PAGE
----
The Null Device

2003/7/31

Python 2.3 is officially out, and brings with it lots of features. Generators are now a first-class part of the language (and not part of __future__), which allows a sort of lazy evaluation; Python can import modules from ZIP files; there is the enumerate() function, which allows you to iterate over a sequence's indices and values more efficiently, as well as Set and Boolean types; and there are a number of nifty new modules, such as a correct CSV handler, and more. Oh, and it's apparently 25% faster too.

functional programming programming python 2

Music/pop-culture guru Simon Reynolds claims that industrial music (in the original Throbbing Gristle/Cabaret Voltaire sense, not the gothic-teen-angst-techno-metal sense seen today) was the second flowering of an authentic psychedelia (authentic as opposed to retro; see also: Dee-Lite, Lenny Kravitz, Sophie Lee and the Freaked-Out Flower Children), and the harsh, Dadaistic aesthetic was in some ways a direct progression from the psychedelic rock and acid happenings of the 1960s. (via FmH)

culture dystopia history industrial music journalism psychedelia simon reynolds 2

2003/7/30

Straight Pride Wear; where you can express your intolerance for alternative lifestyles in eXtreme skate-mook style that wouldn't look amiss at a skate ramp or the mosh pit at Big Day Out/a Limp Bizkit concert. The only thing they're missing is big yellow shorts with "Exit Only" written on the back. And it's not just about shaming the sodomites back into their closet, it's also about being a good all-American patriot, as the stars and stripes will attest. And the links to religious-right groups and the "pro-life-punk" movement pretty much confirm one's suspicions. (via MeFi)

I wonder when the Ku Klux Klan will follow the lead and bring out a line of "White Pride" streetwear for Aryan mooks.

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Focus groups at advance screenings of Gigli, a new gangster-themed Hollywood Romantic Comedy have demanded a new ending, in which both Ben Affleck and Jennifer Lopez die "in as brutal a manner as possible". Sounds good to me...

"The danger here is succumbing to what people in the business call 'option paralysis'--being caught with so many good ideas that you're not sure which one to use," Brest said. "Getting shot is fine, but what about an automobile fire in which Ben and Jennifer are shown perishing in a slow-motion montage, their newfound love discarded as they try desperately to claw their way past each other's melting bodies, while slowly roasting to death in their own fat? You'd be surprised at how many people came up with that one. Or having them crawl through a field of broken glass while a safely booted and gloved Christopher Walken casually advances on them with a spray bottle of acid and a pair of bolt-cutters? I must say, a part of me loves the idea of them chewing each other to death during a 14-minute dolly shot."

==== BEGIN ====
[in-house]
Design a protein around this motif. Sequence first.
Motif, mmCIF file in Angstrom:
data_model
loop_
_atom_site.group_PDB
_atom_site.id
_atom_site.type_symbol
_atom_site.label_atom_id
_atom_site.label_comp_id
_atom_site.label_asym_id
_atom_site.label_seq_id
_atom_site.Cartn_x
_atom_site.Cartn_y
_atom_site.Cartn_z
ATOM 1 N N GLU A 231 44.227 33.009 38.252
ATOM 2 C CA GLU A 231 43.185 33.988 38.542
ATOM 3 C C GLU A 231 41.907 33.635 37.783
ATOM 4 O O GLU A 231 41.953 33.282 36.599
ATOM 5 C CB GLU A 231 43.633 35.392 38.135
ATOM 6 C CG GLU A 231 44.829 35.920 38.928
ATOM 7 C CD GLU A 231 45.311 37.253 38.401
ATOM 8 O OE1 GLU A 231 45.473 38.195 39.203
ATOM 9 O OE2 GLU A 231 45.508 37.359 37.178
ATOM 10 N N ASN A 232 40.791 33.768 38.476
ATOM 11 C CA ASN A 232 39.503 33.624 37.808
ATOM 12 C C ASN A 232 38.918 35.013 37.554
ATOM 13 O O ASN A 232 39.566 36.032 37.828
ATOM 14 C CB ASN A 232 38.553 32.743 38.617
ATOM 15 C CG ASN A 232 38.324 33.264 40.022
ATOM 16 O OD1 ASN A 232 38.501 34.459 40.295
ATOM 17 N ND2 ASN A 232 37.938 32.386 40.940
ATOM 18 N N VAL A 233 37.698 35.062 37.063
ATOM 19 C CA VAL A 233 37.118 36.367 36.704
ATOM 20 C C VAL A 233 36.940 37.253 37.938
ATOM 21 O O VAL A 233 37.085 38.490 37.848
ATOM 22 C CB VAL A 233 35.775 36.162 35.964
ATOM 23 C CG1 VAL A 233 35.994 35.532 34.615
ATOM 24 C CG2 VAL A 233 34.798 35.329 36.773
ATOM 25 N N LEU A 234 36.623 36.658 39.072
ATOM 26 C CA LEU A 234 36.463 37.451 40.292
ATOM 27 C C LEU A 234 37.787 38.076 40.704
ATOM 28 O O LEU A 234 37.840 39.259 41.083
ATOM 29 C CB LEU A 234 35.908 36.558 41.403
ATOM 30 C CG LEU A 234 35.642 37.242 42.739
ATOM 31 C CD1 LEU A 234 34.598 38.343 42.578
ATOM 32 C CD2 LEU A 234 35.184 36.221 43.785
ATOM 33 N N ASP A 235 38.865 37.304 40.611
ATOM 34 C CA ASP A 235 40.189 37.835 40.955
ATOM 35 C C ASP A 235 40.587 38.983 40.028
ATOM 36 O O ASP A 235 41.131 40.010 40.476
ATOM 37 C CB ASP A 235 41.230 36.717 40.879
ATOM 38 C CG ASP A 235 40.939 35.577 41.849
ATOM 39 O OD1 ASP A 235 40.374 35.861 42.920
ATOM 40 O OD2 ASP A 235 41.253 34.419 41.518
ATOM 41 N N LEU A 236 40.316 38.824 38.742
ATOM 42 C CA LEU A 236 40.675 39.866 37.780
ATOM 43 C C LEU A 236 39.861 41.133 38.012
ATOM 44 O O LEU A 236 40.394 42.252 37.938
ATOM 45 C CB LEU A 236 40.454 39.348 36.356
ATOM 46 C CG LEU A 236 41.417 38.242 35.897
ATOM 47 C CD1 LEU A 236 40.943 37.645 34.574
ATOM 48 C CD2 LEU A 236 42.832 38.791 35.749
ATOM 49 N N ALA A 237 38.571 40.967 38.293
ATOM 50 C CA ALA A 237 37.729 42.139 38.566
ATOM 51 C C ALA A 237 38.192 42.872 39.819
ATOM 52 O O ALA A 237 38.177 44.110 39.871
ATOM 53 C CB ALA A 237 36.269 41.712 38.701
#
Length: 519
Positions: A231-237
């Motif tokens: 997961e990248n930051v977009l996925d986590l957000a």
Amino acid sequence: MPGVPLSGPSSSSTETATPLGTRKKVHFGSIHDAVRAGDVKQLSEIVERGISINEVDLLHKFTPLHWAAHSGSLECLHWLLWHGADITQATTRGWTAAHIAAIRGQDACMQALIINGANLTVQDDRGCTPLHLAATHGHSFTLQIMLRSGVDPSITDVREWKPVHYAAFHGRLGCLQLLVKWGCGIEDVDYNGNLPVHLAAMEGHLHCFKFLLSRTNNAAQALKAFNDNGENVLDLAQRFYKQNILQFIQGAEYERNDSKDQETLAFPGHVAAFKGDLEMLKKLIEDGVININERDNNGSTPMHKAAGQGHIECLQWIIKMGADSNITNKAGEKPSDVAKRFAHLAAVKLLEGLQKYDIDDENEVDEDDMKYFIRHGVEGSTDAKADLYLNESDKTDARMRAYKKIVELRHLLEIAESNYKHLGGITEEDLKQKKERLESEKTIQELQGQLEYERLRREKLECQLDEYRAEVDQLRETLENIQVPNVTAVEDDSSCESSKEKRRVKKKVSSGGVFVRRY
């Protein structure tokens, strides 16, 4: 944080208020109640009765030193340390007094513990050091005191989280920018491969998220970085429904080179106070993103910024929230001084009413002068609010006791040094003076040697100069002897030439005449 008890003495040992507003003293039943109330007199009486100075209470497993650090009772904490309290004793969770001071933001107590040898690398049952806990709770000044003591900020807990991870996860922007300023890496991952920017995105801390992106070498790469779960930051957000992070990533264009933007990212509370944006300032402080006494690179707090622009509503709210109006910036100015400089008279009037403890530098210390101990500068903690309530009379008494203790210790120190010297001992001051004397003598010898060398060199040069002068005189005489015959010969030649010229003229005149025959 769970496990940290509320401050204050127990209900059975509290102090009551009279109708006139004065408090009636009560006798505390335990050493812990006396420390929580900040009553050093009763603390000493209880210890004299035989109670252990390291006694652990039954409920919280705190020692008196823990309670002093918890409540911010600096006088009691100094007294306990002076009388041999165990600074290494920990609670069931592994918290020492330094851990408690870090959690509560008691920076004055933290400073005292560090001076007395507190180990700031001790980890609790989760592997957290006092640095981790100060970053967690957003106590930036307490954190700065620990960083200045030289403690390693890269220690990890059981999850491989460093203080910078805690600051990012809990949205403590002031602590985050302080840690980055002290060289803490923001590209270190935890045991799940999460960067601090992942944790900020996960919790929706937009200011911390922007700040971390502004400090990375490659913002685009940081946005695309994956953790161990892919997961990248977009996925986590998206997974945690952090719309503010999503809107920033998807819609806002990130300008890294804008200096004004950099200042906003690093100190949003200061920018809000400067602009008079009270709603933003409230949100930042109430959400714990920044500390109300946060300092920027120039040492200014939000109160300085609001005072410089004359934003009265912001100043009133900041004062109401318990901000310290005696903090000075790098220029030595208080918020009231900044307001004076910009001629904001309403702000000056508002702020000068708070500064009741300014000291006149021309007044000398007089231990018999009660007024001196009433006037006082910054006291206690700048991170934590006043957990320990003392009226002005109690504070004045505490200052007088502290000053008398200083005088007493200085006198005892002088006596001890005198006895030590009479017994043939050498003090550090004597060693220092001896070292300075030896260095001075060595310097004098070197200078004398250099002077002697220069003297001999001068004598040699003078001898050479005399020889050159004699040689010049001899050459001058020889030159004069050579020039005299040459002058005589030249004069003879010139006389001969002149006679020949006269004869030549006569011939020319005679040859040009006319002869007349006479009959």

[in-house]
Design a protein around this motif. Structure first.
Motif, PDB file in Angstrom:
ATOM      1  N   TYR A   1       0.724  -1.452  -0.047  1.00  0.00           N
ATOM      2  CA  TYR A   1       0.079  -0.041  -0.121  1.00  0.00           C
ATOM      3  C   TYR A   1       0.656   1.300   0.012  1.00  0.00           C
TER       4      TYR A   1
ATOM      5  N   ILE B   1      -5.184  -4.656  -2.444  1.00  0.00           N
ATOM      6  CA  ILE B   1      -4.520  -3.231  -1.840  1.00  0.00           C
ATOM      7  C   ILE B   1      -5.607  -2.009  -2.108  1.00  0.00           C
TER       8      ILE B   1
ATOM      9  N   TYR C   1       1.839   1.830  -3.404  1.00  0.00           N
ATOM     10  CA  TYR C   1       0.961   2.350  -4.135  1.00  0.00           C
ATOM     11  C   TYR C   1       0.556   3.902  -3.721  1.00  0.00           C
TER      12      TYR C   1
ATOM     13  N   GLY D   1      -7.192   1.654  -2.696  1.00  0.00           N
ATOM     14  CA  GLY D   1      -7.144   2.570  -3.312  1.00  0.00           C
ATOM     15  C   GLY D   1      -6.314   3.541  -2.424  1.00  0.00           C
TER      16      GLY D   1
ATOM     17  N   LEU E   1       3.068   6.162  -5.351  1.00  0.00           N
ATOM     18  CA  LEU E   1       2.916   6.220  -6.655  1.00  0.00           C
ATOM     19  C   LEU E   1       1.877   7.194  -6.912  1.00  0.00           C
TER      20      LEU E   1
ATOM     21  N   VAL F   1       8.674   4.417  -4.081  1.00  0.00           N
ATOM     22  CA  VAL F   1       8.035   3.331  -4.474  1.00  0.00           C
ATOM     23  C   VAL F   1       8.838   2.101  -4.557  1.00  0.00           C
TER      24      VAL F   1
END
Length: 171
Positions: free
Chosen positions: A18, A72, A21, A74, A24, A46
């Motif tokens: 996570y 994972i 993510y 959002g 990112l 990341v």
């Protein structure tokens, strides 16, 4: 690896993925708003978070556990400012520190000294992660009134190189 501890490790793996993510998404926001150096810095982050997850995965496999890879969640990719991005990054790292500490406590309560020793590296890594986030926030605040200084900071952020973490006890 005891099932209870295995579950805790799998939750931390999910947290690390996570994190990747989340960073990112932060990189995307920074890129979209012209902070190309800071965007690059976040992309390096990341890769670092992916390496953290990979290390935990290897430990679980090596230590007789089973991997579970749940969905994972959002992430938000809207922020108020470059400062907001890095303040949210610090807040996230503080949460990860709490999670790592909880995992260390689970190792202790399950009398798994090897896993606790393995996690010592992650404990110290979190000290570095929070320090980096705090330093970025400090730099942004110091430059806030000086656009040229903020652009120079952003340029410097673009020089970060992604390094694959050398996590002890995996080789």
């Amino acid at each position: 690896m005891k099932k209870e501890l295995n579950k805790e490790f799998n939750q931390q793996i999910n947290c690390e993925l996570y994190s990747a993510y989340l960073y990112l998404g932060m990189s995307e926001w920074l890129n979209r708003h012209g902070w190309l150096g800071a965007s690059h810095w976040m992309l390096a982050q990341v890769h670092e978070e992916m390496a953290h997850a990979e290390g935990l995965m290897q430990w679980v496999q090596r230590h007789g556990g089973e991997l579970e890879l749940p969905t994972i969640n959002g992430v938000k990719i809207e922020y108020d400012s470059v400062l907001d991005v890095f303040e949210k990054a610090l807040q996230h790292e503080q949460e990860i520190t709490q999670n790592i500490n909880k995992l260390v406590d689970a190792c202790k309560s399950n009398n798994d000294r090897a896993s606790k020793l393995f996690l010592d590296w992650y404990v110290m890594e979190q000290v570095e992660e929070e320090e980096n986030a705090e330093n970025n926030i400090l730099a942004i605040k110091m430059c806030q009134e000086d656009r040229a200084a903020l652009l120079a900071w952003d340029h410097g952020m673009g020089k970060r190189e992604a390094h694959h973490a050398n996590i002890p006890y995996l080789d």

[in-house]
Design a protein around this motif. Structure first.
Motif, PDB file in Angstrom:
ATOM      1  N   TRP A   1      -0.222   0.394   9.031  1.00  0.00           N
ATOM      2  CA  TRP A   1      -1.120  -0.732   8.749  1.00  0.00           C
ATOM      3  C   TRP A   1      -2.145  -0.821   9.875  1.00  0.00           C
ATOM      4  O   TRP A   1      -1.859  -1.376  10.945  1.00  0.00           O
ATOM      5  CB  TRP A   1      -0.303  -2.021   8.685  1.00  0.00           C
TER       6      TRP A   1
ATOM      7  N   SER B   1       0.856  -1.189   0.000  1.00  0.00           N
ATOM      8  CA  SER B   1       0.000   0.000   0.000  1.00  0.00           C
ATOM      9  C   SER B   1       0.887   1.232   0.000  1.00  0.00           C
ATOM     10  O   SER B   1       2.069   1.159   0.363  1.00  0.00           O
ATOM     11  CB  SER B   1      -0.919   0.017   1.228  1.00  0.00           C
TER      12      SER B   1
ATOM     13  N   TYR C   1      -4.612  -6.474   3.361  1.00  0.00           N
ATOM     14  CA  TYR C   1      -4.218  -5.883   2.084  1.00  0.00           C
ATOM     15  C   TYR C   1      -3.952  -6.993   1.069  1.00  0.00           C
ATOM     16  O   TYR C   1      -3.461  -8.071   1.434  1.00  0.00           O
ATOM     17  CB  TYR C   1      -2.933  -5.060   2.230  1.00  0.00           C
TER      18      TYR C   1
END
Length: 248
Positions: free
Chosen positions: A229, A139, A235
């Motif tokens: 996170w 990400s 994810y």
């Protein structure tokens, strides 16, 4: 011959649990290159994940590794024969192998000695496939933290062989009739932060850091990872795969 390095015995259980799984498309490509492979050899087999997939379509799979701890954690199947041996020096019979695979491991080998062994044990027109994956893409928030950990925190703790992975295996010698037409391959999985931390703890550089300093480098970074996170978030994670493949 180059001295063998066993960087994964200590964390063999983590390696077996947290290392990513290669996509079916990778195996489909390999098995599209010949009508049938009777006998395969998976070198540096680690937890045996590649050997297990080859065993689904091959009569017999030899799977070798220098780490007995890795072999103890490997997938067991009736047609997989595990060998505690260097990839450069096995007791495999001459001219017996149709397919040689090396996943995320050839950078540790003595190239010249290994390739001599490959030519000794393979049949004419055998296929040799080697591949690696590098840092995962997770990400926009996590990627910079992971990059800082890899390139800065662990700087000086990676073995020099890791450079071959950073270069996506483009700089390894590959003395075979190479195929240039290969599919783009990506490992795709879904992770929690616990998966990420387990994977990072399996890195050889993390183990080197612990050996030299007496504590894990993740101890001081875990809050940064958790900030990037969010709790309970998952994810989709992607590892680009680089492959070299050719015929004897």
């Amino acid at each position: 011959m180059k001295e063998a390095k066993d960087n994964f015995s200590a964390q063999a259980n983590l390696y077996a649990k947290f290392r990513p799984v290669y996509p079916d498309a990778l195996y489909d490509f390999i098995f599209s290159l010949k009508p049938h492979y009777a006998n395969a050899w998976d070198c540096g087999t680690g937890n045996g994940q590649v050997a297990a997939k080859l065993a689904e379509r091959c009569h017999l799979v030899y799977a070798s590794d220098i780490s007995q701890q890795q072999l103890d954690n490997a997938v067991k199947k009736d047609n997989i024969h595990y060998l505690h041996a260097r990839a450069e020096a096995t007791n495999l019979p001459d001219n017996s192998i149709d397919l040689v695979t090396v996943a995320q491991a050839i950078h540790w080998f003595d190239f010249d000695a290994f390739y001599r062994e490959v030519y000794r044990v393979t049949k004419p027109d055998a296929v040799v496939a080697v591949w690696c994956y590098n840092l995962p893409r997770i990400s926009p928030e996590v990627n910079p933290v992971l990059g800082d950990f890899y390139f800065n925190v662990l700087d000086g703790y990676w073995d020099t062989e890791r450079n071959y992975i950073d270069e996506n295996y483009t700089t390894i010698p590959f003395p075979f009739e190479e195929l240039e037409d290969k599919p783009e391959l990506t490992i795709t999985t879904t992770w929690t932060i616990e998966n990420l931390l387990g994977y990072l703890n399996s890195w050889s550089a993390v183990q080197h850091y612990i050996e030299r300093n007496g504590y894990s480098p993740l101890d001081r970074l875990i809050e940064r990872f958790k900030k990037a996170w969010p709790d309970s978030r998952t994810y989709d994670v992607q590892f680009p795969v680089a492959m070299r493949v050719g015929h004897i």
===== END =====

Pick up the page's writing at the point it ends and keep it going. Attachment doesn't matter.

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Ever wonder how Madison (and various variant spellings) became the most popular girls' name in the US? The answer is on the $2 shelf at your video library. (via Anton Sherwood)

We're approaching the time when Madison is a little girl's name, Jennifer is a mum's name, Kate is a grandmother's name and there's no-one alive named Mary or Ethel. Though how did Mckenzie (or Makynzi or whatever) become the second most popular girls' name?

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The necktie is not only a serpentlike symbol of evil (or perhaps a relic of ancient symbolic sacrifices to the hangman god Odin, depending on whom you believe), it can also make you go blind.

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Tonight I saw Warp: Film For Music, a collection of music videos and short films set to music from infamous glitch label Warp (home of Aphex Twin, Autechre and such). It was a mixed bag; Chris Cunningham's videos were quite good (including the Squarepusher one set in a Japanese children's mental hospital and Aphex Twin's Come To Daddy)' the Autechre Gantz Graf one was oddly compelling, but some of the others were a bit formless. The fact that some of the video seemed a bit blurry and degraded, detracting from the quality of the animations, didn't help; then again, perhaps that was intentional and I'm just not open-minded enough to appreciate it. (Though perhaps the way the sound kept cutting out through one track (by Plaid, I think) was intentional also; if so, it was, in my naïvely conservative opinion, a bad artistic judgment.) The set finished with Aphex Twin's ghetto-fabulous Windowlicker video.

I wonder whether Chris Cunningham is still planning to make a film of Neuromancer. True, the story would seem to the uninitiated like a poor ripoff of The Matrix, but I'm sure it'd work on the arthouse circuit.

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